CONVERSION object_name |
  DOMAIN object_name |
  FOREIGN DATA WRAPPER object_name |
  FOREIGN TABLE object_name |
  FUNCTION function_name ( [ [ argmode ] [ argname ] argtype [, ...] ] ) |
  OPERATOR operator_name (left_type, right_type) |
  OPERATOR CLASS object_name USING index_method |
  OPERATOR FAMILY object_name USING index_method |
  [ PROCEDURAL ] LANGUAGE object_name |
  SCHEMA object_name |
  SEQUENCE object_name |
  SERVER object_name |
  TABLE object_name |
  TEXT SEARCH CONFIGURATION object_name |
  TEXT SEARCH DICTIONARY object_name |
  TEXT SEARCH PARSER object_name |
  TEXT SEARCH TEMPLATE object_name |
  TYPE object_name |
  VIEW object_name

Advantages of having this feature are given below:
i. Easy to find installed Contrib Modules and its new operators, and new index operator classes.
Following query can be use to find the installed contrib modules:
SELECT e.extname AS "Name", e.extversion AS "Version", n.nspname AS "Schema", c.description AS "Description"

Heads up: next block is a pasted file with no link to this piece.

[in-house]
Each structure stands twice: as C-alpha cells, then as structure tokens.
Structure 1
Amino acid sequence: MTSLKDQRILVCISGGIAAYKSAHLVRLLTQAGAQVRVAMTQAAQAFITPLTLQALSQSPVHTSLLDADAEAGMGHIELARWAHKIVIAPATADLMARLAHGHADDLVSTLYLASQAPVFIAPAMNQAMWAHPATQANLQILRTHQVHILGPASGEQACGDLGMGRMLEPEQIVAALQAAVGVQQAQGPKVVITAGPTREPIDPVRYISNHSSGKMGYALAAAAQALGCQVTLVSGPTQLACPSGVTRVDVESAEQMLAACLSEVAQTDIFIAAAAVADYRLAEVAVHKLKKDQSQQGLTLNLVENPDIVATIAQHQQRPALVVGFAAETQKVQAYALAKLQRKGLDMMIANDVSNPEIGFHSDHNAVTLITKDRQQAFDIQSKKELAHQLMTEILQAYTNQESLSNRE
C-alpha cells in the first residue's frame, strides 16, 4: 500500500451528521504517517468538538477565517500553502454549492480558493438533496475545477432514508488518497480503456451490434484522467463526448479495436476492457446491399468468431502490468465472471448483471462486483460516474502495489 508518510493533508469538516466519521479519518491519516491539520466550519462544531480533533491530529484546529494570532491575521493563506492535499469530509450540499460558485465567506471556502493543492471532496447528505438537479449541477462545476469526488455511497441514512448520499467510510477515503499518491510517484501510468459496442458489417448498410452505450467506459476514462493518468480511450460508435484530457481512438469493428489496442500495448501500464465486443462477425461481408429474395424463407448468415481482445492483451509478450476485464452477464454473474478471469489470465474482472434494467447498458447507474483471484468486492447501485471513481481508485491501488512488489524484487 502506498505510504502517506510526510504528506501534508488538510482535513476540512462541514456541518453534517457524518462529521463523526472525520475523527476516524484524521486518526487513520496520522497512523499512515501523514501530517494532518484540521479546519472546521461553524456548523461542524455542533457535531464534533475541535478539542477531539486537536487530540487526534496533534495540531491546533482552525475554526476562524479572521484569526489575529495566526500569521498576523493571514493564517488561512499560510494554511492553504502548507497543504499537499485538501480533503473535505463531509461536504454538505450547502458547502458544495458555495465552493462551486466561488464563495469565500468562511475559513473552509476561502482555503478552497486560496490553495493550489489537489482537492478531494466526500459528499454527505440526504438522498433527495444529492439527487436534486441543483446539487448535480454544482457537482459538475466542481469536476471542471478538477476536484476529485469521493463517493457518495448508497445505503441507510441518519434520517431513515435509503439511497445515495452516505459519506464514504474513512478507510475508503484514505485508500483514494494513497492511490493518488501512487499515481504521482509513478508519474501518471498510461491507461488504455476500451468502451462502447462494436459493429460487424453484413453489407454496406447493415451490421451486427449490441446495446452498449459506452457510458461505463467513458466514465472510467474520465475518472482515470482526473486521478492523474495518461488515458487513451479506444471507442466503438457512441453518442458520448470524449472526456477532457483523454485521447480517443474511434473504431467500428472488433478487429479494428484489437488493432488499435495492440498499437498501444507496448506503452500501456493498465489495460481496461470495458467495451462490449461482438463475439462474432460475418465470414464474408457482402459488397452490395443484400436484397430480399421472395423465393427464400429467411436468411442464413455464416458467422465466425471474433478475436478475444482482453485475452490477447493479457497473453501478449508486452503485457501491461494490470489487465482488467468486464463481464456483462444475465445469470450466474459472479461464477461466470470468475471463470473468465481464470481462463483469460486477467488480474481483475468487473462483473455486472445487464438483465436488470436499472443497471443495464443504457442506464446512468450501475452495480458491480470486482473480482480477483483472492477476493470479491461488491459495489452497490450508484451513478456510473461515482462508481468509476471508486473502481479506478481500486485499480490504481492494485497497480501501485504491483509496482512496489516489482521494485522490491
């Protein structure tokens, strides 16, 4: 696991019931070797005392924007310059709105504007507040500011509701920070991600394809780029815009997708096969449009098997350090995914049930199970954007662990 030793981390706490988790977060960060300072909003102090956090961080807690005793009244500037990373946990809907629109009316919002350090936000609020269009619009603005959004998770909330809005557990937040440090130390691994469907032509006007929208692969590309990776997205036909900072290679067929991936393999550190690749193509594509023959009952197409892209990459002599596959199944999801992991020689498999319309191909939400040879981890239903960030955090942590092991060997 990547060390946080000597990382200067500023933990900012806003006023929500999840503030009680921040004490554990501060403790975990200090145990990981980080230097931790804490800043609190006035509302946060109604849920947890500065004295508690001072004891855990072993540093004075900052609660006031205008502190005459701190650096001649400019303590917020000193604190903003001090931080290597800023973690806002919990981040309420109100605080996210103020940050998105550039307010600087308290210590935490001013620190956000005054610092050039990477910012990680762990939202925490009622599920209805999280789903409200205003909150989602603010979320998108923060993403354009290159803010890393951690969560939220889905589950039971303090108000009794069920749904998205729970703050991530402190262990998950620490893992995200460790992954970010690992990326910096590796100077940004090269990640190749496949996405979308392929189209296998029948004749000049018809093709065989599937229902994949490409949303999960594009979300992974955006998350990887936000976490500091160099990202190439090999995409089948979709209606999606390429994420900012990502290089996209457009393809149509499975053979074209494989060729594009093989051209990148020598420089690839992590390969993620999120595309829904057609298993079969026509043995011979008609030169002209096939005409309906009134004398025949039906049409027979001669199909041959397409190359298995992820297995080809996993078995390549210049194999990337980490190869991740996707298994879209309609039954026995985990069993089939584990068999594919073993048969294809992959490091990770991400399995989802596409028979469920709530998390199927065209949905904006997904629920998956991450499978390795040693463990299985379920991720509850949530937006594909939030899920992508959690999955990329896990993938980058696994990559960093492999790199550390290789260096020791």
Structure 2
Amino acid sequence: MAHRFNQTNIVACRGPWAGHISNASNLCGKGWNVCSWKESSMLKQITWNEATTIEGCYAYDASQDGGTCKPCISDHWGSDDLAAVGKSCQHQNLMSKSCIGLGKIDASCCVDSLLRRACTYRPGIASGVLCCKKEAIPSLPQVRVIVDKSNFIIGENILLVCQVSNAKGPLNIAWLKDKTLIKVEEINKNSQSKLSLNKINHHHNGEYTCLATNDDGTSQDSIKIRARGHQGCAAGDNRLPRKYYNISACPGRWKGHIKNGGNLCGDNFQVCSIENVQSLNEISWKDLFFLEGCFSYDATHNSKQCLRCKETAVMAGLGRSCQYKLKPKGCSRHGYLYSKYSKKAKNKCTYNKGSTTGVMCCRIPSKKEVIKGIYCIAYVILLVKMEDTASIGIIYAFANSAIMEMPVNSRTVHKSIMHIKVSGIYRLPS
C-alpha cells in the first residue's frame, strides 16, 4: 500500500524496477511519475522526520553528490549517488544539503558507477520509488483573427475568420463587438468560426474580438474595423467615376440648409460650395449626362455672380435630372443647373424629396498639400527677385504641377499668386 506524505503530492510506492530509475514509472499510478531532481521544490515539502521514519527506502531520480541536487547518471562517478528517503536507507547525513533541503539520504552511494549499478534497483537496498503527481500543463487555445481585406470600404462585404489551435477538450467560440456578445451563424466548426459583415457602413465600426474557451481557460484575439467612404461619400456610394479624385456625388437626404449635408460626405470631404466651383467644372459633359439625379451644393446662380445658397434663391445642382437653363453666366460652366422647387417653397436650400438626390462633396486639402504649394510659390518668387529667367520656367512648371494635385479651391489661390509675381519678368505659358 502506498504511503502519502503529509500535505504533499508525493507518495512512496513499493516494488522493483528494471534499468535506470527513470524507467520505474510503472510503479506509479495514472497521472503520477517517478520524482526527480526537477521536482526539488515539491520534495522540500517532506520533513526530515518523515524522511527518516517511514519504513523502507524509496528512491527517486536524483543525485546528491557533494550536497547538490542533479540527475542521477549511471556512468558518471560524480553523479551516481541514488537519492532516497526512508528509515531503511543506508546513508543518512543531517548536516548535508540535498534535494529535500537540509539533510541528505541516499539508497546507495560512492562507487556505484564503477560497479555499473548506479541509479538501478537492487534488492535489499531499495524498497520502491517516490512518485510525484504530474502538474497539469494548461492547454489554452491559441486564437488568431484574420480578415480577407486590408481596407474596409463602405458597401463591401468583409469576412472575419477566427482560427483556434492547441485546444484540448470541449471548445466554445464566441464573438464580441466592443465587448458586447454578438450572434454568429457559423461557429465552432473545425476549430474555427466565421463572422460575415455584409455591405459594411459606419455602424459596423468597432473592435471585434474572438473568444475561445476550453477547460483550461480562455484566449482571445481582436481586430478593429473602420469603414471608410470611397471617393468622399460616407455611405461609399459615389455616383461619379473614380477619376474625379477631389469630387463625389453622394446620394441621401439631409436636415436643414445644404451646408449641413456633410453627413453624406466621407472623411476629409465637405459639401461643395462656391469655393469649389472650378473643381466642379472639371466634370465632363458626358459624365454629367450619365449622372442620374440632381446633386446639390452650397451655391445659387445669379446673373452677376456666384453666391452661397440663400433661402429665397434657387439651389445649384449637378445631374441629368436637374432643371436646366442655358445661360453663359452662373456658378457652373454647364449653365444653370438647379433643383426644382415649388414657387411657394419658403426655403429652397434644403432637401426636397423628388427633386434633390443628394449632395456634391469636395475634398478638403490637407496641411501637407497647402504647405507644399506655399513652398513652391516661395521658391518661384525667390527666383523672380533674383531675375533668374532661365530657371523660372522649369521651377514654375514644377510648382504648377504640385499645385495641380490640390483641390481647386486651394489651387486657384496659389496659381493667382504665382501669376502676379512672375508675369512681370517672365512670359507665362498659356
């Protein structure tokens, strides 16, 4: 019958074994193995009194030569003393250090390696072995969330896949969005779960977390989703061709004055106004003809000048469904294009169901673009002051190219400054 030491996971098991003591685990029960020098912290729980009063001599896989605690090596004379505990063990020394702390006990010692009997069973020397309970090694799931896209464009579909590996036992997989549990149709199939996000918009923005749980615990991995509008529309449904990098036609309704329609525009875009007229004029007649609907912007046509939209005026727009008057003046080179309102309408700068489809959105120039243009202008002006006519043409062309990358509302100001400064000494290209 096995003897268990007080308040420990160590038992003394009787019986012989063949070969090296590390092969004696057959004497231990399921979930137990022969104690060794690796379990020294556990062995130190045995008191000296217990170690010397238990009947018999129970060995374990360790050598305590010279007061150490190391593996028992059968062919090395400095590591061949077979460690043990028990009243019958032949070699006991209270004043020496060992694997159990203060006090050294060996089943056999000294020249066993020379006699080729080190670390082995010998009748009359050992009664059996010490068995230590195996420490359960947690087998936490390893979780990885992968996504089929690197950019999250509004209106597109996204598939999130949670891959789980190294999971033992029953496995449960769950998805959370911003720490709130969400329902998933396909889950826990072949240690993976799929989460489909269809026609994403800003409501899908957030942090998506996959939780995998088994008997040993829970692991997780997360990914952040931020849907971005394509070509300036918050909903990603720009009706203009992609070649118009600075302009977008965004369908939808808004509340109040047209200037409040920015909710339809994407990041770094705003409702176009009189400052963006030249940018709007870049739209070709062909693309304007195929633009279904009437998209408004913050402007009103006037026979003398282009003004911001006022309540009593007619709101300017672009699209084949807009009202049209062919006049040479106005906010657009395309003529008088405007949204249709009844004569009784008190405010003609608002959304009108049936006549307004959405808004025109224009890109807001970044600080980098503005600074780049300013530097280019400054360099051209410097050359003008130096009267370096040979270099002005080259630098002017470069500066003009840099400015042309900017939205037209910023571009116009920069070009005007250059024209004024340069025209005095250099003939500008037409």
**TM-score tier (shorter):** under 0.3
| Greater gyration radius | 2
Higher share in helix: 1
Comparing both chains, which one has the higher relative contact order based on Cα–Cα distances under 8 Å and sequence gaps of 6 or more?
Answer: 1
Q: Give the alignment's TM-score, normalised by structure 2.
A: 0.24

FROM pg_catalog.pg_extension e LEFT JOIN pg_catalog.pg_namespace n ON n.oid = e.extnamespace LEFT JOIN pg_catalog.pg_description c ON c.objoid = e.oid AND c.classoid = 'pg_catalog.pg_extension'::pg_catalog.regclass
ORDER BY 1;
Short command of psql is given below (with snapshot):
postgres=# \dx
                                       List of installed extensions
   Name    | Version |     Schema      |                            Description                            
-----------+---------+-----------------+-------------------------------------------------------------------
 adminpack | 1.0     | pg_catalog      | administrative functions for PostgreSQL
 file_fdw  | 1.0     | public          | foreign-data wrapper for flat file access
 pg_trgm   | 1.0     | public          | text similarity measurement and index searching based on trigrams
 pgcrypto  | 1.0     | contrib_modules | cryptographic functions
 plperl    | 1.0     | pg_catalog      | PL/Perl procedural language
 plperlu   | 1.0     | pg_catalog      | PL/PerlU untrusted procedural language
 plpgsql   | 1.0     | pg_catalog      | PL/pgSQL procedural language
 xml2      | 1.0     | public          | XPath querying and XSLT
(8 rows)
ii. pg_dump command knows about all objects of the extension and it will just include a CREATE EXTENSION command in dumps, at the place of increasing size of dump file by including DDLs of objects of module, which will be helpful in migration to new version.